Midhurst doctors launch campaign to save care standards

editorial image

MIDHURST doctors are launching a campaign to preserve the standard of care for frail and elderly patients at the town’s community hospital following a Sussex Community Trust (SCT) decision to remove them from the GPs’ care.

Without warning or consultation with doctors, nursing staff or the matron running the hospital, the trust is planning to replace the Midhurst doctors with what they claim will be a less-experienced doctor visiting for fewer hours.

Dr Tim Hill, representing the seven doctors at the Riverbank Medical Centre, said they were ‘angry and concerned’ by the ‘underhand’ way in which the trust had acted and feared for the standard of care in the future.

“The centre has provided the medical cover for the hospital for many years,” he said. “Our contract was due to be renewed in September and we had a meeting with the chief executive of the trust, Paula Head, in March when we were given the impression there were no concerns about care at the community hospital. But a few weeks later we discovered an advertisement had been placed in the British Medical Journal for a doctor to take over the medical cover at the community hospital.”

The Midhurst doctors wrote asking the trust to put the recruitment on hold while they discussed the matter, but received no reply.

Now the SCT has agreed to meet doctors, but not until after interviews for the replacement doctor which were due to take place on Tuesday, June 4.

“We provide a very good level of cover at the hospital,” said Dr Hill. “We do a daily ward round and see each patient every day. We also have weekly meetings with the therapists, nursing staff and social workers to provide joined-up care many of the frail, elderly patents require.

“A lot of the patients are local and we have known them for years and know their families and we can make safe plans for their discharge home so patients are not bounced back into acute hospitals with problems.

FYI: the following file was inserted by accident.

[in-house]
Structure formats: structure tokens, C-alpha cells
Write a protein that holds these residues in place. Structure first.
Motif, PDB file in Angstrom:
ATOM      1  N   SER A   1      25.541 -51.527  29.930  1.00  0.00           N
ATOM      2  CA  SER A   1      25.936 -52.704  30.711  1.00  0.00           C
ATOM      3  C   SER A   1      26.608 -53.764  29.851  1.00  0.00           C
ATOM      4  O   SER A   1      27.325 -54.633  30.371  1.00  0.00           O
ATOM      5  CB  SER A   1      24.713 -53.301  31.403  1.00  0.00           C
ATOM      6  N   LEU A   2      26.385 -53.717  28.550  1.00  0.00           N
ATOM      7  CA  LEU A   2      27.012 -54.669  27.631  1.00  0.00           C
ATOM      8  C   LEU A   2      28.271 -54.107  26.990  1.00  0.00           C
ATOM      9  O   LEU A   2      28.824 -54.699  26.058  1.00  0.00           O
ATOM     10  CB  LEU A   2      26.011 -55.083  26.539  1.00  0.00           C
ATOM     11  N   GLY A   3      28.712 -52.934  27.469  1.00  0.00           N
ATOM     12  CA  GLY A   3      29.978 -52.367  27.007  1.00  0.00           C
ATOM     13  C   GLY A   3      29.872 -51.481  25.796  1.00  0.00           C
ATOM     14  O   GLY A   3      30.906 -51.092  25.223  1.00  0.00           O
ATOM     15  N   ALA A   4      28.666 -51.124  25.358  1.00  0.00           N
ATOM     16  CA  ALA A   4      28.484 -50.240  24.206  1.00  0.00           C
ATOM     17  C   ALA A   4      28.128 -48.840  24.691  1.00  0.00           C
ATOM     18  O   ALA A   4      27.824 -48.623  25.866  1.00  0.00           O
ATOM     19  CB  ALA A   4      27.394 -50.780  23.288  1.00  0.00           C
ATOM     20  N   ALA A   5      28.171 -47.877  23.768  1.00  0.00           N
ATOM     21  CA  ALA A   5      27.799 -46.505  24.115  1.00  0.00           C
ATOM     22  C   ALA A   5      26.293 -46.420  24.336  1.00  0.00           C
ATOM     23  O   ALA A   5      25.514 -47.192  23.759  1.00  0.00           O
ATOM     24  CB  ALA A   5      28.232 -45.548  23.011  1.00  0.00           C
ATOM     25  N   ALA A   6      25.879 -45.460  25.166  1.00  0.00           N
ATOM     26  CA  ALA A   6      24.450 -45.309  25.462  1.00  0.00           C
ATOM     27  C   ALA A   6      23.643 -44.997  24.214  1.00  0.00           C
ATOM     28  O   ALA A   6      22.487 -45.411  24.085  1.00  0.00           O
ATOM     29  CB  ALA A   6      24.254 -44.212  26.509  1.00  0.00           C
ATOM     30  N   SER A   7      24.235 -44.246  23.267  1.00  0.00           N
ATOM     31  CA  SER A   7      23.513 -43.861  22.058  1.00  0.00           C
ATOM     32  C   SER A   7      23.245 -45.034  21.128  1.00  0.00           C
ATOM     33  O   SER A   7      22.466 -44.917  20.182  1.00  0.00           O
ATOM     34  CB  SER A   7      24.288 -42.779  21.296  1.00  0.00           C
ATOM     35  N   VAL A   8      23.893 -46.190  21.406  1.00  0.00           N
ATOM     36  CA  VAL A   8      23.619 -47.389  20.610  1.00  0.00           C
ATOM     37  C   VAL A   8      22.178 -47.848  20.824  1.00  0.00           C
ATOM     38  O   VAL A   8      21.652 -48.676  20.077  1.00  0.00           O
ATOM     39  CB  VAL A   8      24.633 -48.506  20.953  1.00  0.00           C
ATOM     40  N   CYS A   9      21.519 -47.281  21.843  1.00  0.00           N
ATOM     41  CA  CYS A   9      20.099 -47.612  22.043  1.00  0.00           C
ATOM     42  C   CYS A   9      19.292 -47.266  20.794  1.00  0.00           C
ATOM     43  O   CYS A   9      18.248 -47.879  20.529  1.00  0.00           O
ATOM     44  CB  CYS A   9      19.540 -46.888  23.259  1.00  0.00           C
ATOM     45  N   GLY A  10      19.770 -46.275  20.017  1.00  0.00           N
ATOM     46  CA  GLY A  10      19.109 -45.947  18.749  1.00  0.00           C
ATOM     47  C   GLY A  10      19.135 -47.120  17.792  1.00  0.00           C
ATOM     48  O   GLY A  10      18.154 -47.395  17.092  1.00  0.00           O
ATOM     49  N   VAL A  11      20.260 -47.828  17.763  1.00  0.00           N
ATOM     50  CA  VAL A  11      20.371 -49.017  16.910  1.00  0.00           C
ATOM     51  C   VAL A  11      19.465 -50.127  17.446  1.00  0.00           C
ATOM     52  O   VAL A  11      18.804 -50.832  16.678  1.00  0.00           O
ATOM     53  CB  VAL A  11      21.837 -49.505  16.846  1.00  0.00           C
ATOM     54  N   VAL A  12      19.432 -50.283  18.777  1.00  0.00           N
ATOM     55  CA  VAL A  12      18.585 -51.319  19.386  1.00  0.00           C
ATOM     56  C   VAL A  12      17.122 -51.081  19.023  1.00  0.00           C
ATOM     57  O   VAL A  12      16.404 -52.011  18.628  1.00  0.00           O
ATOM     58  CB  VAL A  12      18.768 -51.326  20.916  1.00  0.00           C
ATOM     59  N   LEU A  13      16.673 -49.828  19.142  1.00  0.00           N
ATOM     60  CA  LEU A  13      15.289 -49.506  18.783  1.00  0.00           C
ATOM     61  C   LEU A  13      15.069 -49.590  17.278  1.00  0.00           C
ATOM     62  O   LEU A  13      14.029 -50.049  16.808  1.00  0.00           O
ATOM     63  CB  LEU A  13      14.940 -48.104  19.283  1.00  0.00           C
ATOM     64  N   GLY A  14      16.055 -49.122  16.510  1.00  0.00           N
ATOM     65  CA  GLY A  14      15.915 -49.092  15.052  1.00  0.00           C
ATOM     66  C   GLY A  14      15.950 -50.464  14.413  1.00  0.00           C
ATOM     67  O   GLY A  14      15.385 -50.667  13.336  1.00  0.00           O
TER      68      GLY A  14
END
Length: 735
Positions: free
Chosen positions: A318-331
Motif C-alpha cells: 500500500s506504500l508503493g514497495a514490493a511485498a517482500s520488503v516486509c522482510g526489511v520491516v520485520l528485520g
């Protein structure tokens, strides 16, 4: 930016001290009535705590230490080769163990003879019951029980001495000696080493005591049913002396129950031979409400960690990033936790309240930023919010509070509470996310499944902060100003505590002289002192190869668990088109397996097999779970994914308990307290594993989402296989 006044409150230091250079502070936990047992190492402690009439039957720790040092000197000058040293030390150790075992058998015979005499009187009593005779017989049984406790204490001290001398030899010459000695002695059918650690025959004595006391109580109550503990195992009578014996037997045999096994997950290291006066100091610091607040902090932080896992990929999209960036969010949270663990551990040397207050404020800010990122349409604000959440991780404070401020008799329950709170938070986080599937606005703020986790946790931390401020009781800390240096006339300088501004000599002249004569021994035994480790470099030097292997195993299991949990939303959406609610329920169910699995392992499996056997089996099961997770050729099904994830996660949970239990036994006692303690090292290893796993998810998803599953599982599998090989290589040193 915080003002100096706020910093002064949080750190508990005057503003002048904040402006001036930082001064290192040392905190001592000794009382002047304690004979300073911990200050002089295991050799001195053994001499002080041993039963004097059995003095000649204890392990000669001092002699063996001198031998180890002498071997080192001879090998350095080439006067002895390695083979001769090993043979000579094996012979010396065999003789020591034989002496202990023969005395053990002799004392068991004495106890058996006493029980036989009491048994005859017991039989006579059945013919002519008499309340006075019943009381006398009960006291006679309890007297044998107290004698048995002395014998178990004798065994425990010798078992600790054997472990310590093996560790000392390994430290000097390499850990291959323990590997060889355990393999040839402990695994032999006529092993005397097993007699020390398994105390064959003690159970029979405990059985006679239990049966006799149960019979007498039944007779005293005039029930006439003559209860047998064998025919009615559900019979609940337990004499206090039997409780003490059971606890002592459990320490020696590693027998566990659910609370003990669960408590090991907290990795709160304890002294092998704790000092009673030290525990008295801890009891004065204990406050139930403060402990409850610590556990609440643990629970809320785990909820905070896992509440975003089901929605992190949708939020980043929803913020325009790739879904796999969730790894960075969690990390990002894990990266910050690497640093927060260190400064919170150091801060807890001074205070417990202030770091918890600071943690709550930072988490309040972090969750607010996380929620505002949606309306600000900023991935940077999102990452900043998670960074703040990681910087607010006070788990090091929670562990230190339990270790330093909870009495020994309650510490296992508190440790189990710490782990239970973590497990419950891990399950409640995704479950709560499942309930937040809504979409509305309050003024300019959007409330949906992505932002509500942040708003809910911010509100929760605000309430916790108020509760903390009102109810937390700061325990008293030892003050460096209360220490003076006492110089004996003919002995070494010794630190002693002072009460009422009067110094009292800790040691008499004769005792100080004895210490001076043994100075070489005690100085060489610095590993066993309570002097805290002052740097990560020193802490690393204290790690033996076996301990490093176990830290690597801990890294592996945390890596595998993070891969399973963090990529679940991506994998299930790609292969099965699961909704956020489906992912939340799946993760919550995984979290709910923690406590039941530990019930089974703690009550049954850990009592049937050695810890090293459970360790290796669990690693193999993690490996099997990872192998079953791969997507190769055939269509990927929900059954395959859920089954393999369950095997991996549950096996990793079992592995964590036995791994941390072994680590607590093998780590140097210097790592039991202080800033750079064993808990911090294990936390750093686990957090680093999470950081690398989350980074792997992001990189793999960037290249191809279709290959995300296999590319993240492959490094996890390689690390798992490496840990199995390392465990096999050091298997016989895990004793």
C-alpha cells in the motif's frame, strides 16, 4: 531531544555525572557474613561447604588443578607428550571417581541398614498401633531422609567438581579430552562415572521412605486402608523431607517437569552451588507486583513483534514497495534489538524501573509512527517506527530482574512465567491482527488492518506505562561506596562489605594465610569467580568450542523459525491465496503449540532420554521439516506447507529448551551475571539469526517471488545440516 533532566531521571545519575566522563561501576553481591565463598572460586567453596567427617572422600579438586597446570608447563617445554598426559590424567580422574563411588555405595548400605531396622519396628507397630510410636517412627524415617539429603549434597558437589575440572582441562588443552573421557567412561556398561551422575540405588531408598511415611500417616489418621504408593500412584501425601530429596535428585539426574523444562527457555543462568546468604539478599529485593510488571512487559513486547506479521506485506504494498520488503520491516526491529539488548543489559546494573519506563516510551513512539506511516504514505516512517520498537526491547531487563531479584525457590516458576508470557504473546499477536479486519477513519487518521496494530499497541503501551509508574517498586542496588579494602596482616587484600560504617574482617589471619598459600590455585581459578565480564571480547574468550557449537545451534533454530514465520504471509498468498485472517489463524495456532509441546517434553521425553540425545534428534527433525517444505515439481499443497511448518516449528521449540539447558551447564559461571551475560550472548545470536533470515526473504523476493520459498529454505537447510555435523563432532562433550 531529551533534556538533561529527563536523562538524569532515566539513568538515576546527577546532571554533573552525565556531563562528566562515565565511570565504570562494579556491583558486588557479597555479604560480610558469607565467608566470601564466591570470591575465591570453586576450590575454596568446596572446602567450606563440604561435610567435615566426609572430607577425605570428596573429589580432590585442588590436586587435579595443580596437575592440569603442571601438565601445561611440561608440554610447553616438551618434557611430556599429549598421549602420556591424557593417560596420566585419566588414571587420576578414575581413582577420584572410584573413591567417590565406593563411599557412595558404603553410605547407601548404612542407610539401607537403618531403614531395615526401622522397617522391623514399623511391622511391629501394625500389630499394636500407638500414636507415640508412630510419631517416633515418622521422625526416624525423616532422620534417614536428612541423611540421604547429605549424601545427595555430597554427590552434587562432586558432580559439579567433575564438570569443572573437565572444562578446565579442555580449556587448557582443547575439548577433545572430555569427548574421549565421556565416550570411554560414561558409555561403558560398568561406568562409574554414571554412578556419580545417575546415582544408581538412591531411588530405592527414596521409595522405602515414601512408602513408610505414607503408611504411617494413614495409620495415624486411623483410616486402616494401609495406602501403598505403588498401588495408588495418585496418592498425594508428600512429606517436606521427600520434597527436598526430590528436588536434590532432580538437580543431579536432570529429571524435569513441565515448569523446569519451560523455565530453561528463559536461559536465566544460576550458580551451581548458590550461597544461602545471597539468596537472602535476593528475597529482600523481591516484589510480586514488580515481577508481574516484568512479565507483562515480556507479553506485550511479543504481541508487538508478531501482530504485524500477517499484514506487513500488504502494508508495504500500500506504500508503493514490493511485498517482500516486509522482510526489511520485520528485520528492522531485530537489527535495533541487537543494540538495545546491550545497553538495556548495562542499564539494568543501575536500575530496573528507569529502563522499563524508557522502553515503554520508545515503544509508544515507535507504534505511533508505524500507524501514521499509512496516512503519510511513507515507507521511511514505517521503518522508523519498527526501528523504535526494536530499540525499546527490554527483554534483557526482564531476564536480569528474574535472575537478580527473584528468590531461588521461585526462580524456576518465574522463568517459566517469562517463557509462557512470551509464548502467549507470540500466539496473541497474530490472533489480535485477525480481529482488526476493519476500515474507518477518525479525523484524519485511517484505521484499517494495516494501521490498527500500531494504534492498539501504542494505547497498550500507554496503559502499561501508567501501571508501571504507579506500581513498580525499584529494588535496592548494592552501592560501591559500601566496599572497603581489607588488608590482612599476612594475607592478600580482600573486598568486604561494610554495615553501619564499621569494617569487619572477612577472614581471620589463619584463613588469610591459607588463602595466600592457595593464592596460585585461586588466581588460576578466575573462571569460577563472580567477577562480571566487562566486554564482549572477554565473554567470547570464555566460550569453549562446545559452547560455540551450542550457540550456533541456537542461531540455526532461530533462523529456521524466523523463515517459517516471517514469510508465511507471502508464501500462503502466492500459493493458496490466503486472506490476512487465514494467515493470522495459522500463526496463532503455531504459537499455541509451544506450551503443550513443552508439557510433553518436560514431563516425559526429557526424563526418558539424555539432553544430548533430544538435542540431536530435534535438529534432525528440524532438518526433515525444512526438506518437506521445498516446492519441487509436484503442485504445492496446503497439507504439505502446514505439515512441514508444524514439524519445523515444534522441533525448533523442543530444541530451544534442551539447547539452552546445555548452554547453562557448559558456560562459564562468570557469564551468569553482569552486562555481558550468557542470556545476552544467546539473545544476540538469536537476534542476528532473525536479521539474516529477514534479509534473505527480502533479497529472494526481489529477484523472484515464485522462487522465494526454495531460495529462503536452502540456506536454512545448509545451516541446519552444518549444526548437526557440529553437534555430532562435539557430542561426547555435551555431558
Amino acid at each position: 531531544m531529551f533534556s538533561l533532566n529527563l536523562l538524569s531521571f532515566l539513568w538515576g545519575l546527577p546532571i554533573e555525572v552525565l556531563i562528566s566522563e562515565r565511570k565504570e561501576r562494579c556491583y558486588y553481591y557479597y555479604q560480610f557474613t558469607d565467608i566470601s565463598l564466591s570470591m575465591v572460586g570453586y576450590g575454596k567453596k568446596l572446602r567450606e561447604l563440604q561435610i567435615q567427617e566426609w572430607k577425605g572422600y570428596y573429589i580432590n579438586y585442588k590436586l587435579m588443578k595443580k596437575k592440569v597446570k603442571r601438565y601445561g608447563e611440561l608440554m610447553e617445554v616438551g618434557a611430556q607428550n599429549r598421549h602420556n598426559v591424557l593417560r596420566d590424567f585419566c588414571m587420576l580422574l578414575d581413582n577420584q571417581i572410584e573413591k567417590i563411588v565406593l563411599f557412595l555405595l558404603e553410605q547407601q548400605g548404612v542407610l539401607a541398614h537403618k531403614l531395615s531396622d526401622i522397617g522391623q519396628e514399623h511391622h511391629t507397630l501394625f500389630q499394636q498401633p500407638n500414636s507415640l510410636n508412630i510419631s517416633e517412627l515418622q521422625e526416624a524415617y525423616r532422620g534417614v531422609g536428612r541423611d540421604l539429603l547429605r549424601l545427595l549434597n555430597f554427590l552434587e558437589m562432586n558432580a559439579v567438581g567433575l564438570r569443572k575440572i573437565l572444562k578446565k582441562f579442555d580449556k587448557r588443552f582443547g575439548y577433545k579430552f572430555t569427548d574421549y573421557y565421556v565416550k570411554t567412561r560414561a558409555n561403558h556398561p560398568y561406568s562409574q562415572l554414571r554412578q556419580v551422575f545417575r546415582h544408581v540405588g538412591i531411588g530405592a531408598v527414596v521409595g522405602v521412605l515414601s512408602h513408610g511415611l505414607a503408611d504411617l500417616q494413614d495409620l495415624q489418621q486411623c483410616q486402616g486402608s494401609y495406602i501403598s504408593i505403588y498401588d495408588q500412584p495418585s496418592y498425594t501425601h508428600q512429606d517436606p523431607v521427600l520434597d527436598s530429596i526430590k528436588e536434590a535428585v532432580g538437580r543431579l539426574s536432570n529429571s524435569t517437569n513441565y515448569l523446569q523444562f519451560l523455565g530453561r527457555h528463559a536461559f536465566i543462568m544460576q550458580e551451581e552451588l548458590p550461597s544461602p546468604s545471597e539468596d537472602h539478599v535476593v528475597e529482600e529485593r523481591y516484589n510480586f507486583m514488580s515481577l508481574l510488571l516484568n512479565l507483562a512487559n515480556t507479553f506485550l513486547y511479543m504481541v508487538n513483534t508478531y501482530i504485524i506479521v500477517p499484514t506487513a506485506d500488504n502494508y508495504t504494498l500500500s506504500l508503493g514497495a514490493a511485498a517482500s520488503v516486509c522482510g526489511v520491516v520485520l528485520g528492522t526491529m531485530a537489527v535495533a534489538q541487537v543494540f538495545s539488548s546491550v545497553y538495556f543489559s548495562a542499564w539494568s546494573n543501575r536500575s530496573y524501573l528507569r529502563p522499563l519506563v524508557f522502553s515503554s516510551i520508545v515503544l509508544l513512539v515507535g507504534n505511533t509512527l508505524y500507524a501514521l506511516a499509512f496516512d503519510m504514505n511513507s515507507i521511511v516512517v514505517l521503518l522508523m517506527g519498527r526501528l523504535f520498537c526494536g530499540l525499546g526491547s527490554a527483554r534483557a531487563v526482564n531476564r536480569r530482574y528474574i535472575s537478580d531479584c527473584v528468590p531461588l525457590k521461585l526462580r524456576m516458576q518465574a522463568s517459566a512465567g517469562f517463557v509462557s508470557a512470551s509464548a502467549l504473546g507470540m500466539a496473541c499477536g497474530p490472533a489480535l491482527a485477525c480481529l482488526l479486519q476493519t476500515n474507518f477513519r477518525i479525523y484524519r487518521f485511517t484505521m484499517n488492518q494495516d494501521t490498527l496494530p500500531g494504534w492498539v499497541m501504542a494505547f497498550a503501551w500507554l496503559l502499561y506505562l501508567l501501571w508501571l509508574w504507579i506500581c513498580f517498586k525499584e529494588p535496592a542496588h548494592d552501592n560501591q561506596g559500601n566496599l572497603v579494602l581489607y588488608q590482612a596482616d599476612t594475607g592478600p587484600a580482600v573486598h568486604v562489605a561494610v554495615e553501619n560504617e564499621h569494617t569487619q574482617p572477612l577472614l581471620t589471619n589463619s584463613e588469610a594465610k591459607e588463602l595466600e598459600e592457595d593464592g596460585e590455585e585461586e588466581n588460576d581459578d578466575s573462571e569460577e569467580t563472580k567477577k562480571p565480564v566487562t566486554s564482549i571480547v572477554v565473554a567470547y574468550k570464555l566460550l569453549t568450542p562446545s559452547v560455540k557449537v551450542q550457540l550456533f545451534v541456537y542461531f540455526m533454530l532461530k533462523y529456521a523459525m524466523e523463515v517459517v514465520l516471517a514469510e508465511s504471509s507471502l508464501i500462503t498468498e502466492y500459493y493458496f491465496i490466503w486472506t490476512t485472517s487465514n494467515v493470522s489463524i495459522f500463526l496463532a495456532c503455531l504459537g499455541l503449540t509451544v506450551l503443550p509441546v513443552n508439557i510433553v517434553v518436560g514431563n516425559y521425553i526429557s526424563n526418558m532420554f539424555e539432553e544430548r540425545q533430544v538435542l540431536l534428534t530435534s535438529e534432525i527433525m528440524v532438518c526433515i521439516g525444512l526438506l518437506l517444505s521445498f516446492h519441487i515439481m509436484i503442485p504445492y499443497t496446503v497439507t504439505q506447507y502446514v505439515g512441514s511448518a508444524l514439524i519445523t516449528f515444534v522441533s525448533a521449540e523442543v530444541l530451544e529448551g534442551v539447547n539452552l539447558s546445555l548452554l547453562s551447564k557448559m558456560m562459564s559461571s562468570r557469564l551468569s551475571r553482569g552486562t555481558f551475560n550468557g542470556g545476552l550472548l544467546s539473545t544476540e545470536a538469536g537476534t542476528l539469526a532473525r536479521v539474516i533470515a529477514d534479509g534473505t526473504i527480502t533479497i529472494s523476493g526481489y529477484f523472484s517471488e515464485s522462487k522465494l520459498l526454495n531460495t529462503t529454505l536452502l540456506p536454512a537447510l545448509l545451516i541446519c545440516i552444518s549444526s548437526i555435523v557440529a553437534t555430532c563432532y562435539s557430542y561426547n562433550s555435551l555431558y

“Another concern is that if a doctor is employed to cover two hospitals, there won’t be anyone here all the time to cover for emergencies – our medical centre is less than 25 metres from the hospital.

“If the medical cover is being downgraded, then we worry for the future of the hospital beds as a whole.”

The Midhurst doctors say the move flies in the face of an announcement from Simon Stevens, the new head of the health service, who has said he wants to see more care in community hospitals close to patients’ homes.

“We feel the end results of these changes will be more patients being transferred to the acute unit at St Richard’s as emergencies,” said Dr Hill.

Patient care is the Sussex Community Trust’s top priority, its medical director told the Observer.

Richard Quirk said: “At SCT, patient care and safety are our top priorities. We manage eight community hospitals across West Sussex where our staff provide care and rehabilitation for elderly and vulnerable patients. Our medical cover is currently provided from the GPs of the local surgery nearest to the hospital.

“The needs of our patients are becoming ever more complex, so we need to ensure we have the right level of nursing, therapeutic and medical care in place to care for our patients.

“To meet our top priorities of patient care and safety, we are conducting a year-long review to look at how medical care is delivered and what changes if any need to be made in the future.

“We have spoken with our GPs and will continue to.”

For full story see the Midhurst and Petworth Observer today (Thursday, June 5)